by Christine Guth and Simona Valeriani
The new term has started!
The first year cohort of 24 students on the V&A/RCA History of Design MA programme has arrived. These students from 8 countries have joined the second year and MPhil, PHD students already enrolled on the course. After introductions to the spaces, the people and the processes that make the museum work, as well as to the collections -both in the galleries and in storage- students and staff travelled to Ironbridge for three days. The three hours bus ride, bunking in the Youth Hostel and local pubs helped us to get to know one another. This year, luckily, no one fell into the Coalport canal!
We got an early start the morning after our arrival. Demonstrations of slip casting, ceramic painting, transfer printing, and flower making at the Coalport China Museum kept us busy all morning. Who could imagine that 19th century women could produce up to 900 ceramic rose buds in a day?
In the afternoon we visited the Ironbridge Gorge Museum and nearby remains of the first blast furnace, followed by the highlight of the trip: the sight of the famous Ironbridge of 1782 at sunset and in moonlight.
Next, thanks to demonstrations and explanations by John Challen at Blists Hill Victorian Town, we got a deeper understanding of the complexity, danger, and physical strain involved in casting iron. The trip stimulated a lively discussion about progress, modernity and the industrial revolution.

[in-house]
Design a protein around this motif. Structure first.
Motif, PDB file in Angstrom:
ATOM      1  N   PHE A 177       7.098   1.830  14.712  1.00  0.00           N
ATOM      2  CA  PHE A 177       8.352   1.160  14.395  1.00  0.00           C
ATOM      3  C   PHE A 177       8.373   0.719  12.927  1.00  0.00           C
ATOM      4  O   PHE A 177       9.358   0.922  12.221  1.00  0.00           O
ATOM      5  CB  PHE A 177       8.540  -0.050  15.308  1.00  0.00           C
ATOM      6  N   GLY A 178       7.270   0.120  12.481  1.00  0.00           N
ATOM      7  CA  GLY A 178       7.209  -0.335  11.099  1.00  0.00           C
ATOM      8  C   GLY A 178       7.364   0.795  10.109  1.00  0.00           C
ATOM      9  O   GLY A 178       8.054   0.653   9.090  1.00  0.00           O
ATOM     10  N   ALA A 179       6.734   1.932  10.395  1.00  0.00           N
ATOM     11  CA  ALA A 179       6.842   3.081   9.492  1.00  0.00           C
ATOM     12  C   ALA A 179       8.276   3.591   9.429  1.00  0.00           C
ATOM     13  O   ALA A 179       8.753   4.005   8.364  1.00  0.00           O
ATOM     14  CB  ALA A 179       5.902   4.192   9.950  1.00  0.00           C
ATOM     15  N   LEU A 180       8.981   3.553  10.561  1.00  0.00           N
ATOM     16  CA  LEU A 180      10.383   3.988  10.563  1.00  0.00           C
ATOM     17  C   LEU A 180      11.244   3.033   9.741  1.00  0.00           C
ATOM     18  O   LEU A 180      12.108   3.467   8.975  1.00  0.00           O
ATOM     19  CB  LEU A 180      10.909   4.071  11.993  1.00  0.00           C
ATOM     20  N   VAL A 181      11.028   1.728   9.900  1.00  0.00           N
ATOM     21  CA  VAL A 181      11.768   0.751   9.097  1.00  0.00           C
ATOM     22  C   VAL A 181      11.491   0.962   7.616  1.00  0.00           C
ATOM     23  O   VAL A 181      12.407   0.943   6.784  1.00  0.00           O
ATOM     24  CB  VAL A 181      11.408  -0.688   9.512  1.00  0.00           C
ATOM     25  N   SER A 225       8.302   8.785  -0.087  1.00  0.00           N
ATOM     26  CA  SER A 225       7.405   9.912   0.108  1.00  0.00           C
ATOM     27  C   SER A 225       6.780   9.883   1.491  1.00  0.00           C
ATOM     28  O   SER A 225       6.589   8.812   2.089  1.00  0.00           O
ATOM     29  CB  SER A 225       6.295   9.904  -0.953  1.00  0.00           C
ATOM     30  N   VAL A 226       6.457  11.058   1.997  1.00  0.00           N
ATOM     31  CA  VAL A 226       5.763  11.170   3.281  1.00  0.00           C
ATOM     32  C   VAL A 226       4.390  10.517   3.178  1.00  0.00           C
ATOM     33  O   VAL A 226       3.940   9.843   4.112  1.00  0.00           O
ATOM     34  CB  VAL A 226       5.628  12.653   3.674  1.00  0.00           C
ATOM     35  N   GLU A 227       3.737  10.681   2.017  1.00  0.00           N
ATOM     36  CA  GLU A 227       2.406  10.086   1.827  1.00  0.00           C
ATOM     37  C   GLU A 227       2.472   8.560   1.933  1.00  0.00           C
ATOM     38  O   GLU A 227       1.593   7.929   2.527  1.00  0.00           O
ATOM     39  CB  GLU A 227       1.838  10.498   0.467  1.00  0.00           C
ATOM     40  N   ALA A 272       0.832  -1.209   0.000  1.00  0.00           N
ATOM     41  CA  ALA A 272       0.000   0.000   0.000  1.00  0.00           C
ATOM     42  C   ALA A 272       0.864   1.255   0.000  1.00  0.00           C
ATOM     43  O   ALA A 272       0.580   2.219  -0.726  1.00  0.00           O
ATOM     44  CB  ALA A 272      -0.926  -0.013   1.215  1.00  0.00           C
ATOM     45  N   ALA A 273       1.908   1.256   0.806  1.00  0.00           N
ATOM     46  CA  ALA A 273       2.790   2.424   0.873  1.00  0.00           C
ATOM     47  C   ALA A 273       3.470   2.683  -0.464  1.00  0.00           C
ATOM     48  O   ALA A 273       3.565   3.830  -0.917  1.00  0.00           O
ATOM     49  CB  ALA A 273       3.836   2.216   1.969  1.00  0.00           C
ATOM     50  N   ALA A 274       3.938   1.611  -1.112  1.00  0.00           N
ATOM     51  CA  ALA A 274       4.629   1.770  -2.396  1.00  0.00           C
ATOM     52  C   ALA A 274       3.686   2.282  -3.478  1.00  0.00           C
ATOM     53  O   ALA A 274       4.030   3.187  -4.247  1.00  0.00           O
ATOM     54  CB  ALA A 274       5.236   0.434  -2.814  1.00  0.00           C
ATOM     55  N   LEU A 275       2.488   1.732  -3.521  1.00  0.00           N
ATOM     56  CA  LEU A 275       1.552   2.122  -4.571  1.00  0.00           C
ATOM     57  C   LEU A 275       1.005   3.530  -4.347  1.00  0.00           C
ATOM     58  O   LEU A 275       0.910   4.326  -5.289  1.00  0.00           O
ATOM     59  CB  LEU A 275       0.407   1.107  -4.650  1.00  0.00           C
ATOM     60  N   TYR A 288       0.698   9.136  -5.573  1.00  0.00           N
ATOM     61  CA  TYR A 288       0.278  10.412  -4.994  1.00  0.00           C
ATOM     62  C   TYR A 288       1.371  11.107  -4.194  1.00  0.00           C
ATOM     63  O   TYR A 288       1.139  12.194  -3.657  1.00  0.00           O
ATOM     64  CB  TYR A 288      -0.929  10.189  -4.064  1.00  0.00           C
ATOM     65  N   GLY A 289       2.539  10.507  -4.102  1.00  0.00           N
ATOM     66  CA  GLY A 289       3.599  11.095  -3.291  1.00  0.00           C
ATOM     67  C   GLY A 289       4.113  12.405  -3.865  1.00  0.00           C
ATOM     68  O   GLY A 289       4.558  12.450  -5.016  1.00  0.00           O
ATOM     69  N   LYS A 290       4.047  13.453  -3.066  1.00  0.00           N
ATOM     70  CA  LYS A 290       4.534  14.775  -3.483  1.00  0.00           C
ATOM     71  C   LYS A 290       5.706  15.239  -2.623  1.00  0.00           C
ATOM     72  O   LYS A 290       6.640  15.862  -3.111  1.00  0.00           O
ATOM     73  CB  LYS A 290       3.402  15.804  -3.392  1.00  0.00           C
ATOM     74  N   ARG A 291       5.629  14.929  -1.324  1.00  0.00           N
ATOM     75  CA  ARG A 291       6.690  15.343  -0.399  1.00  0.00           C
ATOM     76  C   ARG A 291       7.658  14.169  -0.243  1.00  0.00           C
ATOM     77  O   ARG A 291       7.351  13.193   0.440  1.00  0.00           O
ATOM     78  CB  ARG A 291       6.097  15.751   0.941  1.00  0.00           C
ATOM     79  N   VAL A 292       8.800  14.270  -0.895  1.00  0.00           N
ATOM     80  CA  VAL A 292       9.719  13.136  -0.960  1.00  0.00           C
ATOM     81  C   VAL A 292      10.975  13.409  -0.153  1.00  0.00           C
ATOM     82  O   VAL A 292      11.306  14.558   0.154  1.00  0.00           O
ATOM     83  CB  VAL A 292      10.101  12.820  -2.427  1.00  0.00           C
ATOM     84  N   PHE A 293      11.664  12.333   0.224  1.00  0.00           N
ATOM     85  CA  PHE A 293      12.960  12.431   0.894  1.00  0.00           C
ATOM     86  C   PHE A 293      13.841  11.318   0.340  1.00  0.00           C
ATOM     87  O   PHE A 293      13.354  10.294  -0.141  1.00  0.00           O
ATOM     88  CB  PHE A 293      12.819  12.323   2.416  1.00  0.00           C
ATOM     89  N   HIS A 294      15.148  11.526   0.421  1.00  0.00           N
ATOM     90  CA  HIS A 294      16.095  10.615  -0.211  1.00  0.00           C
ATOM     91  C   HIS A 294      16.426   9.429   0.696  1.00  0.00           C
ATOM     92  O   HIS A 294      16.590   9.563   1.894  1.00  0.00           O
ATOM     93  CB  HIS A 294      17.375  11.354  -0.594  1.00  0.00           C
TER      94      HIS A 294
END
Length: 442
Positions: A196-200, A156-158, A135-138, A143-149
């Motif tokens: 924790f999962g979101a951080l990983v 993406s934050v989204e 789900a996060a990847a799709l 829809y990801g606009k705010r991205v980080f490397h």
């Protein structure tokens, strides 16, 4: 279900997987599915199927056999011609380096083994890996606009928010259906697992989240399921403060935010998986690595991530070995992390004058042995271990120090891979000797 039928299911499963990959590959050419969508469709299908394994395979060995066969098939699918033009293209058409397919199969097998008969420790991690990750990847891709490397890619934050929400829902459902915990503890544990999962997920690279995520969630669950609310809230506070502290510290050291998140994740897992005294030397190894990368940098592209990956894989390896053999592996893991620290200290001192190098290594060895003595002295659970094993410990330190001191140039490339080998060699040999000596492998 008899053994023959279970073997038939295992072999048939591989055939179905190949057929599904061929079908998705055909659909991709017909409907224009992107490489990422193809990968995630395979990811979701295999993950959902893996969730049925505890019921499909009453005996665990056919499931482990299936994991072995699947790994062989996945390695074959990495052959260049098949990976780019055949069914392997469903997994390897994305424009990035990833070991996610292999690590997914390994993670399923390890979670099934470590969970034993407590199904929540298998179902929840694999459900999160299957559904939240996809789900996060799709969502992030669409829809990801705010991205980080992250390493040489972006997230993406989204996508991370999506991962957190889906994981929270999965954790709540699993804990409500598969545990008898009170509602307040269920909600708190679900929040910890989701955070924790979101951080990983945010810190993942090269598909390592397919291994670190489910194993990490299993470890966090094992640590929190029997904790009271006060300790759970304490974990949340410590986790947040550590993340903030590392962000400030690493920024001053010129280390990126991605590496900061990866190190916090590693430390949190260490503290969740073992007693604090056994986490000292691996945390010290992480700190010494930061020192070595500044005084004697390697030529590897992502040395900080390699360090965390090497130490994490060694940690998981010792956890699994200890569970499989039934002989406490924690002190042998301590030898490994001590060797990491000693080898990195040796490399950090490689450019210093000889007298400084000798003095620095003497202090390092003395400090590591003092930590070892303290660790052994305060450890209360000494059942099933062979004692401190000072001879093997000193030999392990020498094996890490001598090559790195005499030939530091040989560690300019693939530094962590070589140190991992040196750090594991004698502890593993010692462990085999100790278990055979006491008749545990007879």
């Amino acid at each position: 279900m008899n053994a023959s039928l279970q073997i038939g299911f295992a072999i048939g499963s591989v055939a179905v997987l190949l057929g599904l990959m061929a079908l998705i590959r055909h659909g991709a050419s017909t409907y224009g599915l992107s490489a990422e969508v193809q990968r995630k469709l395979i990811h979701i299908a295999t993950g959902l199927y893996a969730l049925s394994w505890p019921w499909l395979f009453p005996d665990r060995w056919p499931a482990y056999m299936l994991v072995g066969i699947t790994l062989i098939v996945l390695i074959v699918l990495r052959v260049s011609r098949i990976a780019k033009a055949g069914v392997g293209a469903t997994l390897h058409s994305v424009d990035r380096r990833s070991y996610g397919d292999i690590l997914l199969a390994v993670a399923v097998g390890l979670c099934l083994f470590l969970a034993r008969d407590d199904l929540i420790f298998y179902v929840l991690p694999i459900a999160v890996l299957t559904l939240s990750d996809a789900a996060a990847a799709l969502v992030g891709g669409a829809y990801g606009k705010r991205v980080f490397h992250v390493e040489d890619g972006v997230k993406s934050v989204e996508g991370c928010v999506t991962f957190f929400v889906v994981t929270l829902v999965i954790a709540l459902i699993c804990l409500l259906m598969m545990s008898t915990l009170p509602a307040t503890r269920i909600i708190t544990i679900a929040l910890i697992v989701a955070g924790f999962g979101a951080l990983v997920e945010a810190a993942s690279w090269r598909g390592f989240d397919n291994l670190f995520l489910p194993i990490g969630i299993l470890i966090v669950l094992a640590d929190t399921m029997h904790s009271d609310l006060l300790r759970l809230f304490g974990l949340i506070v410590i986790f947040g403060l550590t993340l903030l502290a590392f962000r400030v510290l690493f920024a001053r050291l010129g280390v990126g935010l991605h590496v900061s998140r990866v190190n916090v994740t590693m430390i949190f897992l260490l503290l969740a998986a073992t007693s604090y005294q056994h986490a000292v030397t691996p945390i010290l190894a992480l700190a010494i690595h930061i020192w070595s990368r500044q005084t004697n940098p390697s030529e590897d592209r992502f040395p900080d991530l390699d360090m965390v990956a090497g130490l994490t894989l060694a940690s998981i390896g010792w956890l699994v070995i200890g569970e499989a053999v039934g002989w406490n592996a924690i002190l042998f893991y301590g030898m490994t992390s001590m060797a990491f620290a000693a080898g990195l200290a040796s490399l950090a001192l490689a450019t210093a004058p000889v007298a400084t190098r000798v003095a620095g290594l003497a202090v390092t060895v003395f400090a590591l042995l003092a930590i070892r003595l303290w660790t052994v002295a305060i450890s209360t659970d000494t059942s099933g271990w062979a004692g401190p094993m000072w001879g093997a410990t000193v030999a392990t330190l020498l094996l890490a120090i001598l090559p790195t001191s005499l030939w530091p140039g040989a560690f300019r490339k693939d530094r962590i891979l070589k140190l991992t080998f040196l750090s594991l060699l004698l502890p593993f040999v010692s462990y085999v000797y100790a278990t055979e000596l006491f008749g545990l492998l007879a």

Now that we are back in our darkened seminar rooms with slides projected on the screen, we miss the open air and space, but are eager to take the discussion further and begin our own projects. Teaching is intense all week but Thursday is particularly busy, with three courses offering context for understanding material culture in different geographies and times. The day culminates with our Research Seminar, starting at 5 pm, to which anyone who is interested (you too!) is invited.
The research seminars series introduces students, staff and colleagues to the lively scholarly community in London and beyond by presenting new research and new approaches to design history and material culture from a number of different perspectives: anthropology, cultural geography, and history of science and technology amongst them.
Students are encouraged to engage actively with the presentations and the visiting scholars and have been given space on the V&A Research Department blog to share their thoughts and comments. So, watch this space!